What's happening to primary rates as reinsurance stabilizes?

Brokerage giant reveals the latest

What's happening to primary rates as reinsurance stabilizes?


By Kenneth Araullo

As of January 1, 2024, the reinsurance market was showing signs of stabilization after a period marked by challenging treaty renewals. Amid this shift towards normalcy, the property insurance sector is expected to maintain a positive rate environment through the first half of the year, new analysis from Lockton has revealed.

Insurers are expected to keep a close eye on loss trends, applying rigorous underwriting scrutiny. The quota share market is also experiencing growth in capacity, with ceding commissions stabilizing or even increasing. However, Lockton noted that the market for higher-risk coverage continues to face capacity constraints, largely due to the specialized nature of the coverage required.

The report noted that reinsurers have also reported considerable profits over the past year, leading to a comfort level with the pricing and attachment points for catastrophe coverage by the end of 2023. This comfort contributed to the rate stabilization observed at the start of the year.

While the reinsurance market’s improving conditions have somewhat influenced the retail property insurance market, leading to a slowdown in rate increases, the majority of buyers are still experiencing rate hikes.

Those with significant catastrophe exposure, recent losses, or challenging occupancies, are facing particularly tough conditions in early 2024. Individual account characteristics, such as loss histories, will play a significant role in determining rates for insureds, with some experiencing rate reductions and others seeing increases.

More risk being retained than two years ago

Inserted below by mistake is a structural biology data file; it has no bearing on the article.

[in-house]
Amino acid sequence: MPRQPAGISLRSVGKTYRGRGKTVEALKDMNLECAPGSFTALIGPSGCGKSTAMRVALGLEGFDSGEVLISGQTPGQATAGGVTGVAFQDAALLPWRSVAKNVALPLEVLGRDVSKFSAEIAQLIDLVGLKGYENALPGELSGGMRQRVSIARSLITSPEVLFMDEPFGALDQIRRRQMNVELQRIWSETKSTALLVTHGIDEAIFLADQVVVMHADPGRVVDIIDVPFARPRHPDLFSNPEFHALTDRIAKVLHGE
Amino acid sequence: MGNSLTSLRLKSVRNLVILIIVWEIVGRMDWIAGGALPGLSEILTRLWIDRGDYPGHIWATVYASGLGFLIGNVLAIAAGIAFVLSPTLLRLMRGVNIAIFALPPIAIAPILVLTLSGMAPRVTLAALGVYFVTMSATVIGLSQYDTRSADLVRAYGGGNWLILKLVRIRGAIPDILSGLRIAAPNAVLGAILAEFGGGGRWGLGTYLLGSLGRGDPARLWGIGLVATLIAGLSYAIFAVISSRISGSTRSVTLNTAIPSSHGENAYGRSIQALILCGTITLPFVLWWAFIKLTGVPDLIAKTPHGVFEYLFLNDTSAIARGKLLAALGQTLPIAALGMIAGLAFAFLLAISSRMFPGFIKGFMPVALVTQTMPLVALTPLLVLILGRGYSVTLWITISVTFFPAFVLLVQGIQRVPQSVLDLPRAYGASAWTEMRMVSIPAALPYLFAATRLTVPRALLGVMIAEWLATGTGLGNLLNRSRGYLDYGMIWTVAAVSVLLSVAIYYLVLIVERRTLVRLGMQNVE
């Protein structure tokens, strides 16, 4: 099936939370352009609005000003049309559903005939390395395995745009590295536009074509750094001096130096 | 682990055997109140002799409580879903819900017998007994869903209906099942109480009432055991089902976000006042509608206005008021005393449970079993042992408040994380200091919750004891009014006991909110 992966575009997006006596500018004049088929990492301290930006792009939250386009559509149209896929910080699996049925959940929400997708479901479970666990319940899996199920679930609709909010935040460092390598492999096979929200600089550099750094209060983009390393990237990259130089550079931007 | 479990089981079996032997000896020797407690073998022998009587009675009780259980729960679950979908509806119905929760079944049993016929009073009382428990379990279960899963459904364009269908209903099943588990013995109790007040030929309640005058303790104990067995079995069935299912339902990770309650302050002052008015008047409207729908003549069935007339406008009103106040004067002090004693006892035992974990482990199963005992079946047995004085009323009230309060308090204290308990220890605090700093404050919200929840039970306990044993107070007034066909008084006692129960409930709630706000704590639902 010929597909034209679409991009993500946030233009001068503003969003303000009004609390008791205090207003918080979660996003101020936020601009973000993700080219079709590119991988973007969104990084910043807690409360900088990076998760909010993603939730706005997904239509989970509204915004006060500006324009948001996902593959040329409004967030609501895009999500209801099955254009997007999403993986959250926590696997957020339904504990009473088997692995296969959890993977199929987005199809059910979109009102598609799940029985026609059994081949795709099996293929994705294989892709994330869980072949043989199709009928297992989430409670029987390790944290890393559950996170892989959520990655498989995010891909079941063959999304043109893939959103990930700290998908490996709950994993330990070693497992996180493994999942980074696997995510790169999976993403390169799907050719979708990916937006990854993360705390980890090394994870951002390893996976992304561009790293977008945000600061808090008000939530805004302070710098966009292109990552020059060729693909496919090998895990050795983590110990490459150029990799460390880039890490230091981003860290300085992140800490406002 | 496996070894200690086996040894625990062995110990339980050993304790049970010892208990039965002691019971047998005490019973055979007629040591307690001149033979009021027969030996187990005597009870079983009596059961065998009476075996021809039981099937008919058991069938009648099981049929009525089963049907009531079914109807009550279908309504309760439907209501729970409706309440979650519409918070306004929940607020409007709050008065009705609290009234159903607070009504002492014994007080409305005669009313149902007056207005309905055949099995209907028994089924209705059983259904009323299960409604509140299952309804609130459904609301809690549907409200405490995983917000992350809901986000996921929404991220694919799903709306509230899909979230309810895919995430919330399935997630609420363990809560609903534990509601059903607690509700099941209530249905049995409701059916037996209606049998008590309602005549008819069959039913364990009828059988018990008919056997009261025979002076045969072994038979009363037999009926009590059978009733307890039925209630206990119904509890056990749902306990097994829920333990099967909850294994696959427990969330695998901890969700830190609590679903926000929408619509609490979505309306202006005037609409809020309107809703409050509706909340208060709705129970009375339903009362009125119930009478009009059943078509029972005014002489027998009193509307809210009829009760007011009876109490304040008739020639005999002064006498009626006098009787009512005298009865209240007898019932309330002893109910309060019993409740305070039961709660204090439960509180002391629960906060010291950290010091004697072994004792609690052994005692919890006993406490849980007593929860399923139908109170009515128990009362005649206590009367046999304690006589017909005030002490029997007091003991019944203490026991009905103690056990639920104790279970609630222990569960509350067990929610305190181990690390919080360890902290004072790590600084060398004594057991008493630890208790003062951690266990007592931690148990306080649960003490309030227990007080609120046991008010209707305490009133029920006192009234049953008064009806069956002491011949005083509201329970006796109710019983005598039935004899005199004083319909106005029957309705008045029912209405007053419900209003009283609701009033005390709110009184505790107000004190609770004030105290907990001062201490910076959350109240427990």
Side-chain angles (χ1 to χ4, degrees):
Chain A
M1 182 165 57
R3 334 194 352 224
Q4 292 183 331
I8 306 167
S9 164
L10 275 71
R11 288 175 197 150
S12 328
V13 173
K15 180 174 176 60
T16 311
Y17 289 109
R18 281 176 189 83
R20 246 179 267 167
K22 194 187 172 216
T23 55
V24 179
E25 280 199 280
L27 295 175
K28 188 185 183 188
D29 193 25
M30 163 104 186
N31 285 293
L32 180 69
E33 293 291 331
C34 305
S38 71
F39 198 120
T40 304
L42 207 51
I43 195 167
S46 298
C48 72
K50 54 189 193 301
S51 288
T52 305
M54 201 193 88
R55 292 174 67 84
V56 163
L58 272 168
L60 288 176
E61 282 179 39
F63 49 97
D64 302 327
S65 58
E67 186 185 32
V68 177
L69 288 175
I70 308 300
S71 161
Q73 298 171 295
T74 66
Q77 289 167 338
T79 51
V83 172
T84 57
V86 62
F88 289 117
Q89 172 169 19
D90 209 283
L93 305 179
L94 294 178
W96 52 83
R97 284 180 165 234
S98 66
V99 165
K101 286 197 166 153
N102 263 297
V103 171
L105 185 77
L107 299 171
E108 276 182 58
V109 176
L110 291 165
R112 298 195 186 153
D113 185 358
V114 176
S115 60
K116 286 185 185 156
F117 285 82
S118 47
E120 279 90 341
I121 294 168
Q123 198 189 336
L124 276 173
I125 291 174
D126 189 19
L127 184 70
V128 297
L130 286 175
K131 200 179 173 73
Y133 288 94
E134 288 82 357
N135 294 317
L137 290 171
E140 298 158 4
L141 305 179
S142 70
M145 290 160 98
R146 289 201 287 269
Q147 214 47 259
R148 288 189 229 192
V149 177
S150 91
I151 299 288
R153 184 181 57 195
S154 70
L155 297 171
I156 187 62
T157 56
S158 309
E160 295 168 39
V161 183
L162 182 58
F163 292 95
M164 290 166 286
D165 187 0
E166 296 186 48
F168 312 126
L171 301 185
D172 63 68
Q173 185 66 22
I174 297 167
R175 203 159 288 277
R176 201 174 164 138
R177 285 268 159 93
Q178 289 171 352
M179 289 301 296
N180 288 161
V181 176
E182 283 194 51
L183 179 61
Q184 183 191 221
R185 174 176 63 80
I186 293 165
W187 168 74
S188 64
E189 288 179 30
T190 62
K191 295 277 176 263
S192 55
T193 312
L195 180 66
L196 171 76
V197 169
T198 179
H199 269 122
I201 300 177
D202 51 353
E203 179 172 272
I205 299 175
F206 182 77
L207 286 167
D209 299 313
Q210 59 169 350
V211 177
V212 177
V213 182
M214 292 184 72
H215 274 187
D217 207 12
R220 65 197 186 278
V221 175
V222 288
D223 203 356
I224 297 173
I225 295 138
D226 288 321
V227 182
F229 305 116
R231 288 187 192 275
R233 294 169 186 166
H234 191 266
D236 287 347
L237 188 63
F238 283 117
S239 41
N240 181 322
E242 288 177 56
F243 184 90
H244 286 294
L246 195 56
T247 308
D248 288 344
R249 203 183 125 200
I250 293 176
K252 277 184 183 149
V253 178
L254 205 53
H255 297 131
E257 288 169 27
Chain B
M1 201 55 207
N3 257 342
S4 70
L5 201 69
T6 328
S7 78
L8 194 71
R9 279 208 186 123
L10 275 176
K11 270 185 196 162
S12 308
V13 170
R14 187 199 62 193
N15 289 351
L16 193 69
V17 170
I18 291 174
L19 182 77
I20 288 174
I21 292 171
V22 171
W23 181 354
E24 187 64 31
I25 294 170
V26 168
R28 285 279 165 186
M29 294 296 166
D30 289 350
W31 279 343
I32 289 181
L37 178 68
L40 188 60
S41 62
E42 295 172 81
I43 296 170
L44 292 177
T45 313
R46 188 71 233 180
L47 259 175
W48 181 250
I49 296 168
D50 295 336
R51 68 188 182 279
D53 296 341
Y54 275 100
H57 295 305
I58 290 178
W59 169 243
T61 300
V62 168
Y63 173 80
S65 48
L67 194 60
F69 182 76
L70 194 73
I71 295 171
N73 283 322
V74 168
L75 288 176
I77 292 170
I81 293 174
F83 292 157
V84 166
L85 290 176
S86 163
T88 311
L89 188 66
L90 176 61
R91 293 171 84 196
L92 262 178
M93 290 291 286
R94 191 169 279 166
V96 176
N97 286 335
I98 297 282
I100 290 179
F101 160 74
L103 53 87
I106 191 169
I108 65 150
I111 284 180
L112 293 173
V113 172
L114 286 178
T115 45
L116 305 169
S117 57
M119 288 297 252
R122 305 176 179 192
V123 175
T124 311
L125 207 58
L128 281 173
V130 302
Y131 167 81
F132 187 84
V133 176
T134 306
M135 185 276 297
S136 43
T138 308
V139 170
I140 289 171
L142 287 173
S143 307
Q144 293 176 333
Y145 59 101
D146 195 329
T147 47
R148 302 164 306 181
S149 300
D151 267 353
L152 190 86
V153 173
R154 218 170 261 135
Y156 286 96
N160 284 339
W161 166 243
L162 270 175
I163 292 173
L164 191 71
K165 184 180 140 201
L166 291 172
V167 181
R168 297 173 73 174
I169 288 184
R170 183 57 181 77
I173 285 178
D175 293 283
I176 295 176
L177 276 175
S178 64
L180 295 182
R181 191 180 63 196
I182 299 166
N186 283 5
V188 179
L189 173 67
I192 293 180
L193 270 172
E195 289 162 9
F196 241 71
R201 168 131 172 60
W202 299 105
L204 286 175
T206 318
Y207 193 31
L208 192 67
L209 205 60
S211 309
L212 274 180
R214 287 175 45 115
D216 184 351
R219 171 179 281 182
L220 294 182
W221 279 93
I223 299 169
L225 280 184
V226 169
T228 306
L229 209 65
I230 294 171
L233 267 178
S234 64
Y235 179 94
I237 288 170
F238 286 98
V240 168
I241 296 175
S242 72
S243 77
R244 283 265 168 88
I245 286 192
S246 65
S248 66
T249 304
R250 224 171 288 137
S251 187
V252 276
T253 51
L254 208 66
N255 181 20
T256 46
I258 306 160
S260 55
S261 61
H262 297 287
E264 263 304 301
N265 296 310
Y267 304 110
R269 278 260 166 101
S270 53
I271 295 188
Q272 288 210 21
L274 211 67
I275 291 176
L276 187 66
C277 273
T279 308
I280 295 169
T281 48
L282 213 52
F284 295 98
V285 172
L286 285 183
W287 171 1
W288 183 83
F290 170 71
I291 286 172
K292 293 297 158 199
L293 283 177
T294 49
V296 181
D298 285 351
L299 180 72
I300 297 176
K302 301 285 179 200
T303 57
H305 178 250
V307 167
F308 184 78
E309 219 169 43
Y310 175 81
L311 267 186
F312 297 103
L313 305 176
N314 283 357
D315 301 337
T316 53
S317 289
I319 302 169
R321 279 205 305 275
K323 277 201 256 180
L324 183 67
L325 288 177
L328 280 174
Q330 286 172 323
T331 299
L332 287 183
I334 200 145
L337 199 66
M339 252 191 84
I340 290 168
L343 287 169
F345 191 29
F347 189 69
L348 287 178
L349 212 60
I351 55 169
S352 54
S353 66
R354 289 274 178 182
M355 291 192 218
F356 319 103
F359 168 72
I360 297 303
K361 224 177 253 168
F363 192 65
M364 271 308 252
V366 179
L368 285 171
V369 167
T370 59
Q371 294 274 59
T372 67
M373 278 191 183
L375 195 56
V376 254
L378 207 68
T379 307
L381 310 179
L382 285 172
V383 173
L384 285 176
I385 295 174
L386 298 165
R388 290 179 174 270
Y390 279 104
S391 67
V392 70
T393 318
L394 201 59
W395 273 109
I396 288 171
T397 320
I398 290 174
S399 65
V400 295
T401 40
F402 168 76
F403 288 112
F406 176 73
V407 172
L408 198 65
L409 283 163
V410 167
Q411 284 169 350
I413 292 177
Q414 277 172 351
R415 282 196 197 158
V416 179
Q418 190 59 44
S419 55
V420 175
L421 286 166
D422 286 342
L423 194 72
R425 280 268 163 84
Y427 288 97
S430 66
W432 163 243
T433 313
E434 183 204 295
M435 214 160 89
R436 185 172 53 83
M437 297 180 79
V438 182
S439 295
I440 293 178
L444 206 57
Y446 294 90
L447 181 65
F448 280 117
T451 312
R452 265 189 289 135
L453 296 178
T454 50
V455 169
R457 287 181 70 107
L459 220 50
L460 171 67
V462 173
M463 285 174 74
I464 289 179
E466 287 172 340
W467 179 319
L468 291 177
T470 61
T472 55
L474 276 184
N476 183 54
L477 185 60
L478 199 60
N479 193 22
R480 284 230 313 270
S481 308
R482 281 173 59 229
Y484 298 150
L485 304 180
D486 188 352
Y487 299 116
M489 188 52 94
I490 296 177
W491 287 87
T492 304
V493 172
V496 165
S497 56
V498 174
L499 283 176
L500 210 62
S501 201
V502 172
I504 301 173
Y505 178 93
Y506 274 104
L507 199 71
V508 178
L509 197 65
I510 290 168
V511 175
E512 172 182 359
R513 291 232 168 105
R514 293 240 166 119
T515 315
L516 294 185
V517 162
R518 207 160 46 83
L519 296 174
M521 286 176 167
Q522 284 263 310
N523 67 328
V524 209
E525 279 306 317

Lockton also found it noteworthy that primary property insurers are currently retaining more risk than two years ago, which may lead to increased loss costs being passed on to retail insurance buyers. This trend is part of insurers’ broader strategy to adjust primary rates, albeit more slowly than in the previous year.

Concerns about catastrophe losses, especially from secondary perils like wildfires and convective storms, remain high among insurers. Despite a relatively mild Atlantic hurricane season, the United States experienced a record number of weather events causing economic losses of $1 billion or more in 2023, as reported by the National Centers for Environmental Information (NCEI).

That said, Lockton revealed that efforts to control inflation are making progress, with the Bureau of Labor Statistics’ Consumer Price Index indicating a slowdown in headline inflation to 3.1% year-over-year in January 2024. Core inflation remained steady at 3.9%, the lowest since May 2021. Additionally, the cost of construction materials, including lumber and wood products, has decreased in recent months, though prices remain significantly higher than pre-pandemic levels.

Insurance companies continue to monitor the impact of material and labor costs, along with ongoing supply chain disruptions, on property valuations. While valuation discussions may have decreased compared to a year ago, they are likely to remain a focal point in renewal negotiations for some policyholders.

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